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Naismith Hall of Famer Grant Hill weighs in on NBA finals and Olympic goals ahead

JUANA SUMMERS, HOST:

In the NBA Finals, the beasts of the Eastern Conference meet the best of the Western Conference, although in the East, the Boston Celtics have been dominant all year. And out of the West, the Dallas Mavericks weren't considered a lock to even make the playoffs but have been riding a hot streak that's taken them from the fifth seed all the way to the Finals.

Grant Hill is someone who knows something about a hot streak. He is a basketball Hall of Famer turned broadcaster for TNT and NBA TV, and he joins us now from Boston, where Game 1 tips off tonight. Hi there. Welcome to the program.

GRANT HILL: Hey. Thanks for having me.

SUMMERS: OK. The Celtics - they've just been killing it all year, an their duo of Jayson Tatum and Jaylen Brown have made it to the NBA Finals before. Tell us what's different this year.

HILL: Wow. Well, they have been great all season. And really, the two of them have been great the last few seasons in the regular season and, of course, getting very far and deep into the playoffs. But this year has been extra special. I think some of the moves that Brad Stevens, the Celtics general manager, made this off season, bringing in Kristaps Porzingis, Jrue Holiday, just have been really good, really solid.

And they were the best team in the regular season. They cruised through the regular season. And they kind of cruised through the playoffs with, well, obviously, Porzingis is getting hurt in the first round. You know, they didn't need him the rest of the playoffs or at least the next two rounds, but I do believe they will need him here in this series for them to have a chance to win the championship.

SUMMERS: All right, so that's Boston. But what's been the big storyline in Dallas? I mean, I know that this team has two star guards who have really seemed to gel and figure out how to work well together.

HILL: You know, it's really been quite extraordinary what has happened in Dallas. I mean, a year ago, they made a trade for Kyrie Irving, and they kind of flamed out at the end of the regular season. The Mavericks did not make the playoffs. And they were kind of cruising along during the regular season, but they made a trade at the trade deadline. They brought in Gafford. They brought in P.J. Washington. And they just got hot at the right time.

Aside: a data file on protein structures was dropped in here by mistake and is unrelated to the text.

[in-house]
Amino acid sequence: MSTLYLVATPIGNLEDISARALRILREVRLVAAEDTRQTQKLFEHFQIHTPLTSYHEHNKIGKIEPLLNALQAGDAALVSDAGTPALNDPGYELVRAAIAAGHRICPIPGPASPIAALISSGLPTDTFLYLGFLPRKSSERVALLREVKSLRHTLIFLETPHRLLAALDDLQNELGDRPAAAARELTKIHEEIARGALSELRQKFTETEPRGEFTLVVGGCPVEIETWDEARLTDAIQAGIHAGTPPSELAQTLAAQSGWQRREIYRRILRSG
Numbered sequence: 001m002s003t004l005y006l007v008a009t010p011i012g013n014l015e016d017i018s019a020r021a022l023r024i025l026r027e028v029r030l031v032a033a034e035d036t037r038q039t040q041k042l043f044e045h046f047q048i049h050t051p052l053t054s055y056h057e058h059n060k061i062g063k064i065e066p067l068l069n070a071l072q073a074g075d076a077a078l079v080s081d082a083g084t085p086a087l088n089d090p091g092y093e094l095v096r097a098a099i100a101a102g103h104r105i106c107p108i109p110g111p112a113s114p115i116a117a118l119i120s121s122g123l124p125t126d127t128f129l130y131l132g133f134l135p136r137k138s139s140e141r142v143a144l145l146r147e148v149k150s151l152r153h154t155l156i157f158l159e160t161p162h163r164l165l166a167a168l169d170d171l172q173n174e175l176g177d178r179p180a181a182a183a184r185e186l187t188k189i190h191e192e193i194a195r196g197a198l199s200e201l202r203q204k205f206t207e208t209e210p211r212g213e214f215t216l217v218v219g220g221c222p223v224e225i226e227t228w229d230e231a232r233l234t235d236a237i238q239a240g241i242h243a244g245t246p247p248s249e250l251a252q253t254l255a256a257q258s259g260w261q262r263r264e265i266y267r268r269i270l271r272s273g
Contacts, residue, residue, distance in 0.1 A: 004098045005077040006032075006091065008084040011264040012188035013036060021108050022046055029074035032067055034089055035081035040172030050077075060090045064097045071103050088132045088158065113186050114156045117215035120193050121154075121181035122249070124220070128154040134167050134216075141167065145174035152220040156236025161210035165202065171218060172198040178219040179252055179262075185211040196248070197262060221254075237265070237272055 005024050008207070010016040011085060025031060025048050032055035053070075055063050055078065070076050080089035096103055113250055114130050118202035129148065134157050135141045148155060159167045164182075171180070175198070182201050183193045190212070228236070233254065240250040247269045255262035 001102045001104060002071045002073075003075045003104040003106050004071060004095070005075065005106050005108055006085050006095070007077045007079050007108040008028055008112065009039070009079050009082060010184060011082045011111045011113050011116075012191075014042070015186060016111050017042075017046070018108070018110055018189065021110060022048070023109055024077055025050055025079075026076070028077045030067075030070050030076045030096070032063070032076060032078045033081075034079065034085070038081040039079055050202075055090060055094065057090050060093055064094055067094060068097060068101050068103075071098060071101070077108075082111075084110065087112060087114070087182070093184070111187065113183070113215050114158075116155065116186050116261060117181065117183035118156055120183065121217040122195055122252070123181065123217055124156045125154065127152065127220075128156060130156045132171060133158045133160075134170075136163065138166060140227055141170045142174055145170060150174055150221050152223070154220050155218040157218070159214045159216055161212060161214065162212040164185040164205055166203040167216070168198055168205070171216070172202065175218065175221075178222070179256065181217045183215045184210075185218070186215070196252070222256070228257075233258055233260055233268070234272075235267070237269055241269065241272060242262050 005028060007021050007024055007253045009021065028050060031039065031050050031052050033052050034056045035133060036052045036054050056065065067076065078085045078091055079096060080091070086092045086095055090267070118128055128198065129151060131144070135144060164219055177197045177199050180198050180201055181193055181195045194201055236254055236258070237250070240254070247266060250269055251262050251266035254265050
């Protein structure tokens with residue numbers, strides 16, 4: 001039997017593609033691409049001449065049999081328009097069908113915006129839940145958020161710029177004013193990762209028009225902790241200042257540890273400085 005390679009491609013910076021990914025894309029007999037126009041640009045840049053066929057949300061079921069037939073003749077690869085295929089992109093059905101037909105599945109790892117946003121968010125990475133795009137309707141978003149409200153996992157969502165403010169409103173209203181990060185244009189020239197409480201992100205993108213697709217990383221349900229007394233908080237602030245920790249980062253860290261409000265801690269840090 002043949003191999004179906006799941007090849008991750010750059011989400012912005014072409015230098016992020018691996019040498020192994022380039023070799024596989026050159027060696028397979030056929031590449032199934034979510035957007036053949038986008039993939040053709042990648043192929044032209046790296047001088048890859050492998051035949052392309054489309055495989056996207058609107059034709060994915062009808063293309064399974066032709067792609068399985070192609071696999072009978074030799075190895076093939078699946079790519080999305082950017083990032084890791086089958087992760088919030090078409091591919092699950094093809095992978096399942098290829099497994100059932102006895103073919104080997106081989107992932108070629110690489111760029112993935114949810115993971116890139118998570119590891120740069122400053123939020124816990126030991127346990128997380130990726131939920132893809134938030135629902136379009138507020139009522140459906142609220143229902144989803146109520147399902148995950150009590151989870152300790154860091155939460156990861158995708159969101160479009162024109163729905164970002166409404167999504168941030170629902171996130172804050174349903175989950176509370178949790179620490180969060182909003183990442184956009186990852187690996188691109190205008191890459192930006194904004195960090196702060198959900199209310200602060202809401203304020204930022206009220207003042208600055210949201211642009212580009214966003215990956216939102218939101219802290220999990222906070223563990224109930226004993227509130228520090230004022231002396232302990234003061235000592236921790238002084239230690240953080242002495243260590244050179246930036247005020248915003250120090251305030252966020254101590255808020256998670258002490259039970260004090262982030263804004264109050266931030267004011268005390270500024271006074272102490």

Their defense the last 20 games of the regular season was the most efficient defense in the NBA during that stretch. They won 16 out of 20 games to end the season and just kind of gained confidence, gained an understanding of, like, what it takes on both ends to be successful. And they've been able to carry that momentum and then ride that hot streak all the way here to the Finals. Of course, having Luka Doncic and Kyrie Irving, two of the best guards, one-on-one scoring players in the league has helped. But the way this team has collectively defended, this team is really just a matter of getting hot at the right time of the season and being able to deliver.

SUMMERS: So, I mean, if you just were to look at this purely on paper, one might think that the Celtics are the stronger team, but how do they match up against the Mavs in your mind?

HILL: Well, you know, they played them twice this year in the regular season and blew them out. And it's a little tough. I mean, that one game was in January. One was in March. I think what Boston has is they have length and size on the perimeter. They're an elite defensive team. They have an ability to shoot a high volume of three-pointers and make those three-pointers at a very efficient clip. But then they also get a lot of points in the paint. And, you know, Dallas has been sensational at limiting points in the paint this post season, keeping teams out on the perimeter, making them shoot three-pointers. So, you know, Luka's had his way, but Boston's had their way against Dallas in the regular season.